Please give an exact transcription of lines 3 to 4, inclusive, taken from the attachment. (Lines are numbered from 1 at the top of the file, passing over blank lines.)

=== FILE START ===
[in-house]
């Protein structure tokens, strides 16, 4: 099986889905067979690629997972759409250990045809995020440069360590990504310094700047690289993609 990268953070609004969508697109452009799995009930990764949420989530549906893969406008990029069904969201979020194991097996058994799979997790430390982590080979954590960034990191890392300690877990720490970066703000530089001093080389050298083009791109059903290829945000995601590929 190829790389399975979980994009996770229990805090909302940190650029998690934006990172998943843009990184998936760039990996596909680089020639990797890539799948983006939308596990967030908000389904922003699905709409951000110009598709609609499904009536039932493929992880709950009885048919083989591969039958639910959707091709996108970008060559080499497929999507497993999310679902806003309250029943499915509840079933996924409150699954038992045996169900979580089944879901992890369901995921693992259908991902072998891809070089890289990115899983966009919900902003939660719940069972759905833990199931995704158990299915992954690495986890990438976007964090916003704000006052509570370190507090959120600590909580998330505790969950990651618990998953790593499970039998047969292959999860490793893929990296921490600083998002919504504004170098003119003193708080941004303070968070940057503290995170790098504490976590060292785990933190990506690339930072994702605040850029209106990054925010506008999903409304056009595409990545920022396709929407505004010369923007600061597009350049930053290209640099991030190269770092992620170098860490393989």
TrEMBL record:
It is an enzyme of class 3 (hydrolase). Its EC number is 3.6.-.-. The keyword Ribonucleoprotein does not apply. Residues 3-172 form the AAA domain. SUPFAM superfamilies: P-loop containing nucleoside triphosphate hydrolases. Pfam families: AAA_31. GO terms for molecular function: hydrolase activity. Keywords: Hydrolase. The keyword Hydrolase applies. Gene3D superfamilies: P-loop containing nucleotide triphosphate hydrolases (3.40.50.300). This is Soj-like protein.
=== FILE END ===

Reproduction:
TrEMBL record:
It is an enzyme of class 3 (hydrolase). Its EC number is 3.6.-.-. The keyword Ribonucleoprotein does not apply. Residues 3-172 form the AAA domain. SUPFAM superfamilies: P-loop containing nucleoside triphosphate hydrolases. Pfam families: AAA_31. GO terms for molecular function: hydrolase activity. Keywords: Hydrolase. The keyword Hydrolase applies. Gene3D superfamilies: P-loop containing nucleotide triphosphate hydrolases (3.40.50.300). This is Soj-like protein.